Step 2 – 9/29/2020 blogpost: Management for Production. The team prepares for project production by inventing its own structures for performance:

(a) Spell out the details for each key goal: What are the success metrics, When are the timelines and due dates for goal-relevant products, services and communications – and Why those metrics are important.

(b) Identify the project’s performance network of Key Players and establish agreements for sending and receiving goal-relevant products, services and communications: Who and Where are the project’s Senders & Receivers of necessary and goal-relevant products, services and communications, bolstered by agreements and a system for coordination within the Team and beyond into its performance network.

(c) Spell out the production and delivery systems, standards and practices for the project: How will the work and all the movement of products, services and communications be coordinated and delivered to and from Team members and in the performance network – so that goal-relevant requirements such as quality, schedules and costs will meet all of the goals including Budget, Operations, Product and Service quality and delivery, IT, Marketing, and Public communication.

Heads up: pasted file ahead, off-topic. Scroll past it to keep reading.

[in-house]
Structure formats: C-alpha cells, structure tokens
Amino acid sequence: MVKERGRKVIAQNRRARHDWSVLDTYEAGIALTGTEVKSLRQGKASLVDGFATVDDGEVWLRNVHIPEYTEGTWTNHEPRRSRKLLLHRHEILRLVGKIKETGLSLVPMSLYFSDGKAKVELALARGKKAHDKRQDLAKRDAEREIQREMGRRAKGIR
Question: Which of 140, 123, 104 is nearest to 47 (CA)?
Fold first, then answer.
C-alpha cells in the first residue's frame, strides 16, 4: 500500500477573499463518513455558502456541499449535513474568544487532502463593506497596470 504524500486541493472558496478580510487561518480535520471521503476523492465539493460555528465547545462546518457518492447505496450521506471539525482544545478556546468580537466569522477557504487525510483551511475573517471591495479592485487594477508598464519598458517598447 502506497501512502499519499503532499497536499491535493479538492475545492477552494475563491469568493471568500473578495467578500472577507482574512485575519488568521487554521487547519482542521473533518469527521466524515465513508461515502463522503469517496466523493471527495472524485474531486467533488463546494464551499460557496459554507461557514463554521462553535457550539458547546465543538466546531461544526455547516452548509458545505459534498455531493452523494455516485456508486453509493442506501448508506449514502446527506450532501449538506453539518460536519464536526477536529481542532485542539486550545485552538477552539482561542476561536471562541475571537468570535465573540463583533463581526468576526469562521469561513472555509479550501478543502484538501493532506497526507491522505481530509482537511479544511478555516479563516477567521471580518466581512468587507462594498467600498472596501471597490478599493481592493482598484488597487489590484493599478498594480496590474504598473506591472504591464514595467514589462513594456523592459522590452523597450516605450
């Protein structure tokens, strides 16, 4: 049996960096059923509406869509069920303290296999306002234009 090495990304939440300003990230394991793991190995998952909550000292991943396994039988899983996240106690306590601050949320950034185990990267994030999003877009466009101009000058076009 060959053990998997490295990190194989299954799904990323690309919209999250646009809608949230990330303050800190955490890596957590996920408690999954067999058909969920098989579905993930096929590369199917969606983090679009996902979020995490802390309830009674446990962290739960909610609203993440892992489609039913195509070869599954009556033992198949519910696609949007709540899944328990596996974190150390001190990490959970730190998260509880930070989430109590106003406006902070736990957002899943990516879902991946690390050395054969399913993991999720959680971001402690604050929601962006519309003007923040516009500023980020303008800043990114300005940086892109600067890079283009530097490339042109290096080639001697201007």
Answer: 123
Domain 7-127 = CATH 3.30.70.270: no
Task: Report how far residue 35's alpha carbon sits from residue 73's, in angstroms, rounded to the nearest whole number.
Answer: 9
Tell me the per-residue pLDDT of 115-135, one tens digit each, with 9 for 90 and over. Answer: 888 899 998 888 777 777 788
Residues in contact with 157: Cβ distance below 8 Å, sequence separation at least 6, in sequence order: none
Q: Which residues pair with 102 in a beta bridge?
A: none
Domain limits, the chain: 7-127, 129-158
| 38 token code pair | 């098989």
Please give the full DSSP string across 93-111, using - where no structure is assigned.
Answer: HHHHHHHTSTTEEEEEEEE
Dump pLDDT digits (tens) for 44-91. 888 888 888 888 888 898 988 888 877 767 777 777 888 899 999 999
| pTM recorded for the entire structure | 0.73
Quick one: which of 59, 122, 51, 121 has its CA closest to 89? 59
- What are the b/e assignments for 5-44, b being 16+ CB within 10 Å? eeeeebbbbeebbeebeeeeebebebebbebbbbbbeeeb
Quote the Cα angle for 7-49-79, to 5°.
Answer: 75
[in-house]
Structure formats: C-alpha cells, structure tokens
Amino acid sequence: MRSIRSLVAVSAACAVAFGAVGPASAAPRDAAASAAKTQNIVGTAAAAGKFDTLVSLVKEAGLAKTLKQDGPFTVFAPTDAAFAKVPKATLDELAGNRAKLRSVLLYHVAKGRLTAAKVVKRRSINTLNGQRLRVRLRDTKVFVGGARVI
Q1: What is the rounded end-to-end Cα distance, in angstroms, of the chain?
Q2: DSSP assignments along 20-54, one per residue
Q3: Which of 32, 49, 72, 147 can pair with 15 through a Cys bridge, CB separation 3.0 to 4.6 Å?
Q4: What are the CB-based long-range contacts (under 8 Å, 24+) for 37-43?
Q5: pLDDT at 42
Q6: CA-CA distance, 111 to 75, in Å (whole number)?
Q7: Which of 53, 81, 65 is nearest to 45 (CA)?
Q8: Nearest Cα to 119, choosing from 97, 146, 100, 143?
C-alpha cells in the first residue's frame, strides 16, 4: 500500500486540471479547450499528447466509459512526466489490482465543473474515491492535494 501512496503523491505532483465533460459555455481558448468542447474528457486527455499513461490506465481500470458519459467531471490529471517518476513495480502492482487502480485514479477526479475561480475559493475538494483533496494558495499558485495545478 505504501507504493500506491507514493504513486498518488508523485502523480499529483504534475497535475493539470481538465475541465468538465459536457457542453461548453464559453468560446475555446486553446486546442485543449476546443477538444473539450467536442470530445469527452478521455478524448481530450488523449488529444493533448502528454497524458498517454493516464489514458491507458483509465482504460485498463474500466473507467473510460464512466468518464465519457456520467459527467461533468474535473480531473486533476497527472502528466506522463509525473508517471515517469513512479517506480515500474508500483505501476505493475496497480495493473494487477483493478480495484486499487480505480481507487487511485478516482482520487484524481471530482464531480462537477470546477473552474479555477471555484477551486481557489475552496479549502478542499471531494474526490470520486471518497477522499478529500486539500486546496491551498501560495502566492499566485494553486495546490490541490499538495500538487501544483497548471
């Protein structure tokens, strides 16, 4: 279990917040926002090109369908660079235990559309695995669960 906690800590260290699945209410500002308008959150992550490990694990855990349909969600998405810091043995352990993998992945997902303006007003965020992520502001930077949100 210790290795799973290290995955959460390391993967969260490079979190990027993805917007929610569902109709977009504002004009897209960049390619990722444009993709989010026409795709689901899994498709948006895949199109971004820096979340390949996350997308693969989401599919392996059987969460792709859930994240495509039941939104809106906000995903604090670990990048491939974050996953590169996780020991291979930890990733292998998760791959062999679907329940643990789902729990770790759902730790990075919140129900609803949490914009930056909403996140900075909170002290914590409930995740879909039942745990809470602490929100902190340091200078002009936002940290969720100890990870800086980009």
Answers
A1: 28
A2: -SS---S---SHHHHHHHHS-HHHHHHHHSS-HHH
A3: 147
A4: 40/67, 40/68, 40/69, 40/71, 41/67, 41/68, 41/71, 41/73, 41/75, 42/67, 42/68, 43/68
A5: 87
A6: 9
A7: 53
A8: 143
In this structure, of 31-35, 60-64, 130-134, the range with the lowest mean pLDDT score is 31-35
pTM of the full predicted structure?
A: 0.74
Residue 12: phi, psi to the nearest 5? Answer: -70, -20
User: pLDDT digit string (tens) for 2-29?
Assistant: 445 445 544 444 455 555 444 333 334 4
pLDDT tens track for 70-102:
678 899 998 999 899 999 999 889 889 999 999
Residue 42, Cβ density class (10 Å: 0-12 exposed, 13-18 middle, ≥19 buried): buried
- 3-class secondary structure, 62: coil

Step 3 – 10/13/2020 blogpost: Management for Accomplishment. The team creates project accomplishment by tracking the progress of success measures over time, reporting them to the Team, and considering updates to the projects structures and processes where they would be valuable:

(a) Track the project’s status: What the project “success metrics” are that indicate project success are the ones that should be tracked over the course of the project, so Team Members can spot places where the probability of success could be improved. When the tracking happens will vary with the nature of the measure and the agreements associated with its fulfillment. Why those metrics are important to track is so that assignments and other agreements – or the measures themselves – can be revised to repair mistakes, solve problems and/or improve the chances of success.